The story is pretty fun to watch and it turns out the time machine is Modroc’s brother, the good one, who helps Dirk through the adventure. Dirk visits different venues in time like an Egyptian themed area along with a few bizarre realities like Wonderland (from Alice in Wonderland) to a fantasy parody of the Garden of Eden. At the end, he fights to free Daphne from the ring that has turned her into a giant beast, vanquishes Modroc, but it seems as if he’s too late until she awakens from her cursed sleep. It’s a great follow-up to the first game.
Like the first game, the player tilts the joystick in the direction that is hinted onscreen to get Dirk out of danger (or into it) and an action button allows Dirk to swing his sword or do something onscreen at the right moment. Everything is scripted like in the first game meaning that if you can memorize the right actions in a scene, you can coast right on through it.
Unfortunately, the game also introduced a few elements that the first game didn’t have that didn’t seem to be taken in. The first are the hidden “treasures” that the player has to collect in each stage. They briefly flash onscreen and the player needs to get Dirk to grab them before they move on. All of the treasures are needed to access the final battle with Modroc. Missing a treasure means repeating that stage again until you get all of the ones you’ve missed.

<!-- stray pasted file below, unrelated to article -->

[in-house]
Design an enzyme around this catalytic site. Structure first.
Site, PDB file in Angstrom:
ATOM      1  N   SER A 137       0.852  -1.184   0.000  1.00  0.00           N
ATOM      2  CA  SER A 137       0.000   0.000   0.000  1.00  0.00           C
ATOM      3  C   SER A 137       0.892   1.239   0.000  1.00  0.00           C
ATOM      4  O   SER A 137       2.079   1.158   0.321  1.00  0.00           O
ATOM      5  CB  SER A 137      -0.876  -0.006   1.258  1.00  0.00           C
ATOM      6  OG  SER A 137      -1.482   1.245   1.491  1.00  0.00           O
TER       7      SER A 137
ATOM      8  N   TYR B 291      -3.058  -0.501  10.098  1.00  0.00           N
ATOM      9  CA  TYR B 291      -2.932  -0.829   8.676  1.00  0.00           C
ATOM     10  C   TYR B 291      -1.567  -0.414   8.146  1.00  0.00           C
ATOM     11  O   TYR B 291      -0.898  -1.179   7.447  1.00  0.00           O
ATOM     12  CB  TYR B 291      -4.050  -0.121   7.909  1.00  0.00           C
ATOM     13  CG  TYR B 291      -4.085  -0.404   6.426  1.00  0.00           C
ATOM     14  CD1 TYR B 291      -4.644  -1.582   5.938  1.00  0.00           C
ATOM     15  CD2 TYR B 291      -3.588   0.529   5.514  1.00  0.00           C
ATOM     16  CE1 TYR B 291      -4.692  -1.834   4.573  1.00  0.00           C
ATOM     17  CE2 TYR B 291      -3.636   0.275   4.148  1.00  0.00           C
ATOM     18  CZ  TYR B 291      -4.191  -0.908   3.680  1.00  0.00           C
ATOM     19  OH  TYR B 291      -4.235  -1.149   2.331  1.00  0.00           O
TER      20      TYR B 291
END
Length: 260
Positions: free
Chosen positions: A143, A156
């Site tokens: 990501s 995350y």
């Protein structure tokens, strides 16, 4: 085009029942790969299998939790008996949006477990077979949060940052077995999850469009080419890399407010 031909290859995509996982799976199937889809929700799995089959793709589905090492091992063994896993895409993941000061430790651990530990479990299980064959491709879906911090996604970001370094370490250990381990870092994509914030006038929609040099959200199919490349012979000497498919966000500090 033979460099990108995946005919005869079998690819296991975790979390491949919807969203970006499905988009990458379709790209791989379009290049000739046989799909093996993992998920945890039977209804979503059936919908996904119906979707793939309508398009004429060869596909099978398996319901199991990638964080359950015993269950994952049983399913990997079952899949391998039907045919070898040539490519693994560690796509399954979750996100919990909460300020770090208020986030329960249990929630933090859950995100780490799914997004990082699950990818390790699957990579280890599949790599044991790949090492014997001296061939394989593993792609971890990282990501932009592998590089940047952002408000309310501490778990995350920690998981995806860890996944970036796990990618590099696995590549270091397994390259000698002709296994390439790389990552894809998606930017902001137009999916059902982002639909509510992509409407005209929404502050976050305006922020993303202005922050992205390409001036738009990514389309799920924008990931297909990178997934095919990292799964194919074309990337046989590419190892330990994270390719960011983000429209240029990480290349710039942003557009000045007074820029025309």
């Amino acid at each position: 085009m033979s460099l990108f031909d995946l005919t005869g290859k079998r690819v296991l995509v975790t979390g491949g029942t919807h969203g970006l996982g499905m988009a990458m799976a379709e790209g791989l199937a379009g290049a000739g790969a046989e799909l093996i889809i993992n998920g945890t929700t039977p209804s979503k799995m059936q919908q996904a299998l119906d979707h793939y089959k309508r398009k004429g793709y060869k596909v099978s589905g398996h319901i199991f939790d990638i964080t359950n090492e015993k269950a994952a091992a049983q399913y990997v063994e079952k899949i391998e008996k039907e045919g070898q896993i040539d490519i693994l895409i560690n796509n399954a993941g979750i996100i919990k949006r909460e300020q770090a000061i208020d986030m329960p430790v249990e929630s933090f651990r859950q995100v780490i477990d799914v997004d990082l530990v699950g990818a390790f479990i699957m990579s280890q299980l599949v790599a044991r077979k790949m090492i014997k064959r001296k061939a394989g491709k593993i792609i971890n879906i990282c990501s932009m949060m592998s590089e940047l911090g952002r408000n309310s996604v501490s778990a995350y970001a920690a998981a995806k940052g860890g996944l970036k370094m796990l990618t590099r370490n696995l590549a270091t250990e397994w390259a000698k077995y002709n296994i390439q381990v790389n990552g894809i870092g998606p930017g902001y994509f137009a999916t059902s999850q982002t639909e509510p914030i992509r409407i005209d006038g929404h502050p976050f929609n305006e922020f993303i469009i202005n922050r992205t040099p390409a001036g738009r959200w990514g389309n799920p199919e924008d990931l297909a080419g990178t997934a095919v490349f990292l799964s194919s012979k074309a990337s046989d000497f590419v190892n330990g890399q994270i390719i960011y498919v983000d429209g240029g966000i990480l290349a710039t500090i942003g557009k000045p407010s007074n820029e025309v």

The game was also linear. It didn’t feature the randomness that the first game could surprise players with which made it something of a predictable slog without many surprises.
But worse, the style of gameplay that Dragon’s Lair II was built around was simply outclassed by the competition. Once a player discovered the route through the game with the right actions, there was really no reason to play it again.
This was especially worse when players could simply stand by and watch the entire story from beginning to end if a player knew what they were doing. Although you could technically do the same thing with other games, Dragon’s Lair II didn’t have much else to offer outside of a scoring system and great animation. The dynamic action that pixel-based arcade games at the time from Capcom’s Final Fight to Konami’s The Simpson’s Arcade Game had at their core surpassed the static memorization Dragon’s Lair II’s action was limited to.
Like Dragon’s Lair, Dragon’s Lair II found life beyond the arcade with the CD-ROM revolution, eventually appearing in compilations for the PC, digital download services like Steam, and finally on Android and iOS devices the world over.
Dragon’s Lair II came late to the party as a reminder of a time in the arcades when cartoons could be games — and as home consoles got better, they soon would be. But back in the heady days of the early 90s, it was a neat if not expensive reminder of an arcade era when imagination wanted to push the boundaries. To some, Dragon’s Lair II was that out of place, the odd game out amongst so many others at the arcade. But to others, it was just great to see Dirk back for one more great adventure.